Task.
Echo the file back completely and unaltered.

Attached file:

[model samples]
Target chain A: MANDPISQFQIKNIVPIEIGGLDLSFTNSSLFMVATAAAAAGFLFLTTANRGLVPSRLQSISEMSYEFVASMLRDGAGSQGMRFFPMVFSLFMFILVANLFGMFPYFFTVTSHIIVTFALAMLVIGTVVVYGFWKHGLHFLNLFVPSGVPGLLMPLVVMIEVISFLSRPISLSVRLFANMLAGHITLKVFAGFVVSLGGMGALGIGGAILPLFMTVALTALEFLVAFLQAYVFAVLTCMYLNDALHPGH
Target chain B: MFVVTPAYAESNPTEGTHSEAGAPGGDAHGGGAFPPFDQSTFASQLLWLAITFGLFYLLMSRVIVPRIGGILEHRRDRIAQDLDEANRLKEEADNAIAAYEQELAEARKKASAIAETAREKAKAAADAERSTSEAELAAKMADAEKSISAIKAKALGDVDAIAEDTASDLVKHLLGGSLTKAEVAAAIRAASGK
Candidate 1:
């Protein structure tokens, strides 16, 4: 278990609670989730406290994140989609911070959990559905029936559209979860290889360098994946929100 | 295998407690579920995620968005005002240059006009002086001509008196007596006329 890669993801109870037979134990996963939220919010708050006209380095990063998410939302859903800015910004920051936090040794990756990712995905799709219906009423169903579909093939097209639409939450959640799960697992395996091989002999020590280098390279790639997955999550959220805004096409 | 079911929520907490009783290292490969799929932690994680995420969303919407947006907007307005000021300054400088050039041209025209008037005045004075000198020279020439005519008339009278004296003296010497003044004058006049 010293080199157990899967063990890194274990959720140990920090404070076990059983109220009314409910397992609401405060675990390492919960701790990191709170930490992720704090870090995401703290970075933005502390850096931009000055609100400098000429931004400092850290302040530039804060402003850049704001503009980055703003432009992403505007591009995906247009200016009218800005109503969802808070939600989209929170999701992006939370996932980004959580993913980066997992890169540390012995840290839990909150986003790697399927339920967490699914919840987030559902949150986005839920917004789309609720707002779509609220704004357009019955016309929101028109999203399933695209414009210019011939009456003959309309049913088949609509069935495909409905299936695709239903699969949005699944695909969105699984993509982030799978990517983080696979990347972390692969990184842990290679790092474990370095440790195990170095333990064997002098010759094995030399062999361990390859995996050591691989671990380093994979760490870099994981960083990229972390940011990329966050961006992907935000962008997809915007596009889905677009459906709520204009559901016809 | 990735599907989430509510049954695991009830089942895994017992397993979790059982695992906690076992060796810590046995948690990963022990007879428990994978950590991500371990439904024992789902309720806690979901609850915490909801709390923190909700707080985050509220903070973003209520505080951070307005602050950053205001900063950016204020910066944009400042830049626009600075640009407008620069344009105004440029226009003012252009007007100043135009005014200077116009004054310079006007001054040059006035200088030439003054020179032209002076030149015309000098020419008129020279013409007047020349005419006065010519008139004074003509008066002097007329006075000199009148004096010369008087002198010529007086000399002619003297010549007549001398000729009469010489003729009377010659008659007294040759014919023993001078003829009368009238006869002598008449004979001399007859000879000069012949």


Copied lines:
[model samples]
Target chain A: MANDPISQFQIKNIVPIEIGGLDLSFTNSSLFMVATAAAAAGFLFLTTANRGLVPSRLQSISEMSYEFVASMLRDGAGSQGMRFFPMVFSLFMFILVANLFGMFPYFFTVTSHIIVTFALAMLVIGTVVVYGFWKHGLHFLNLFVPSGVPGLLMPLVVMIEVISFLSRPISLSVRLFANMLAGHITLKVFAGFVVSLGGMGALGIGGAILPLFMTVALTALEFLVAFLQAYVFAVLTCMYLNDALHPGH
Target chain B: MFVVTPAYAESNPTEGTHSEAGAPGGDAHGGGAFPPFDQSTFASQLLWLAITFGLFYLLMSRVIVPRIGGILEHRRDRIAQDLDEANRLKEEADNAIAAYEQELAEARKKASAIAETAREKAKAAADAERSTSEAELAAKMADAEKSISAIKAKALGDVDAIAEDTASDLVKHLLGGSLTKAEVAAAIRAASGK
Candidate 1:
């Protein structure tokens, strides 16, 4: 278990609670989730406290994140989609911070959990559905029936559209979860290889360098994946929100 | 295998407690579920995620968005005002240059006009002086001509008196007596006329 890669993801109870037979134990996963939220919010708050006209380095990063998410939302859903800015910004920051936090040794990756990712995905799709219906009423169903579909093939097209639409939450959640799960697992395996091989002999020590280098390279790639997955999550959220805004096409 | 079911929520907490009783290292490969799929932690994680995420969303919407947006907007307005000021300054400088050039041209025209008037005045004075000198020279020439005519008339009278004296003296010497003044004058006049 010293080199157990899967063990890194274990959720140990920090404070076990059983109220009314409910397992609401405060675990390492919960701790990191709170930490992720704090870090995401703290970075933005502390850096931009000055609100400098000429931004400092850290302040530039804060402003850049704001503009980055703003432009992403505007591009995906247009200016009218800005109503969802808070939600989209929170999701992006939370996932980004959580993913980066997992890169540390012995840290839990909150986003790697399927339920967490699914919840987030559902949150986005839920917004789309609720707002779509609220704004357009019955016309929101028109999203399933695209414009210019011939009456003959309309049913088949609509069935495909409905299936695709239903699969949005699944695909969105699984993509982030799978990517983080696979990347972390692969990184842990290679790092474990370095440790195990170095333990064997002098010759094995030399062999361990390859995996050591691989671990380093994979760490870099994981960083990229972390940011990329966050961006992907935000962008997809915007596009889905677009459906709520204009559901016809 | 990735599907989430509510049954695991009830089942895994017992397993979790059982695992906690076992060796810590046995948690990963022990007879428990994978950590991500371990439904024992789902309720806690979901609850915490909801709390923190909700707080985050509220903070973003209520505080951070307005602050950053205001900063950016204020910066944009400042830049626009600075640009407008620069344009105004440029226009003012252009007007100043135009005014200077116009004054310079006007001054040059006035200088030439003054020179032209002076030149015309000098020419008129020279013409007047020349005419006065010519008139004074003509008066002097007329006075000199009148004096010369008087002198010529007086000399002619003297010549007549001398000729009469010489003729009377010659008659007294040759014919023993001078003829009368009238006869002598008449004979001399007859000879000069012949």